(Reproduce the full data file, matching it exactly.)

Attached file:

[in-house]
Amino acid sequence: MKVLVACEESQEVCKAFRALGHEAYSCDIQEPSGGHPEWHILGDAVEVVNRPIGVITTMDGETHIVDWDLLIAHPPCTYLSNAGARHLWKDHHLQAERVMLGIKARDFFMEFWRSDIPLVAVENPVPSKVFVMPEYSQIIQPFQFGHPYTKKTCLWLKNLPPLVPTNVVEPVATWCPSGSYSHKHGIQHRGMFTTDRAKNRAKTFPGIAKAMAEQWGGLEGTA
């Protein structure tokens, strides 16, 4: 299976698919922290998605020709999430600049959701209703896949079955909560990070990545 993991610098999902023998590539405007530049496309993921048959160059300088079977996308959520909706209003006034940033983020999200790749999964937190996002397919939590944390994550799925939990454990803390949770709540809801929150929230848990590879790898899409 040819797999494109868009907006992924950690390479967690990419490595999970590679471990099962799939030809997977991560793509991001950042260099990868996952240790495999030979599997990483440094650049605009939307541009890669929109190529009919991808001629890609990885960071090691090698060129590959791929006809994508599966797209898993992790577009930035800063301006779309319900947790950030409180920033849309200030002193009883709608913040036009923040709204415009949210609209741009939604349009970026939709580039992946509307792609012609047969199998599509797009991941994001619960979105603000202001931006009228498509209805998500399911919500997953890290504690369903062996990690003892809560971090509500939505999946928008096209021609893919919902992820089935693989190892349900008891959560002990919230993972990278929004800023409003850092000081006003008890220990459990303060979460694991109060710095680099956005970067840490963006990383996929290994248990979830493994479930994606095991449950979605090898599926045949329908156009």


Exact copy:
[in-house]
Amino acid sequence: MKVLVACEESQEVCKAFRALGHEAYSCDIQEPSGGHPEWHILGDAVEVVNRPIGVITTMDGETHIVDWDLLIAHPPCTYLSNAGARHLWKDHHLQAERVMLGIKARDFFMEFWRSDIPLVAVENPVPSKVFVMPEYSQIIQPFQFGHPYTKKTCLWLKNLPPLVPTNVVEPVATWCPSGSYSHKHGIQHRGMFTTDRAKNRAKTFPGIAKAMAEQWGGLEGTA
């Protein structure tokens, strides 16, 4: 299976698919922290998605020709999430600049959701209703896949079955909560990070990545 993991610098999902023998590539405007530049496309993921048959160059300088079977996308959520909706209003006034940033983020999200790749999964937190996002397919939590944390994550799925939990454990803390949770709540809801929150929230848990590879790898899409 040819797999494109868009907006992924950690390479967690990419490595999970590679471990099962799939030809997977991560793509991001950042260099990868996952240790495999030979599997990483440094650049605009939307541009890669929109190529009919991808001629890609990885960071090691090698060129590959791929006809994508599966797209898993992790577009930035800063301006779309319900947790950030409180920033849309200030002193009883709608913040036009923040709204415009949210609209741009939604349009970026939709580039992946509307792609012609047969199998599509797009991941994001619960979105603000202001931006009228498509209805998500399911919500997953890290504690369903062996990690003892809560971090509500939505999946928008096209021609893919919902992820089935693989190892349900008891959560002990919230993972990278929004800023409003850092000081006003008890220990459990303060979460694991109060710095680099956005970067840490963006990383996929290994248990979830493994479930994606095991449950979605090898599926045949329908156009």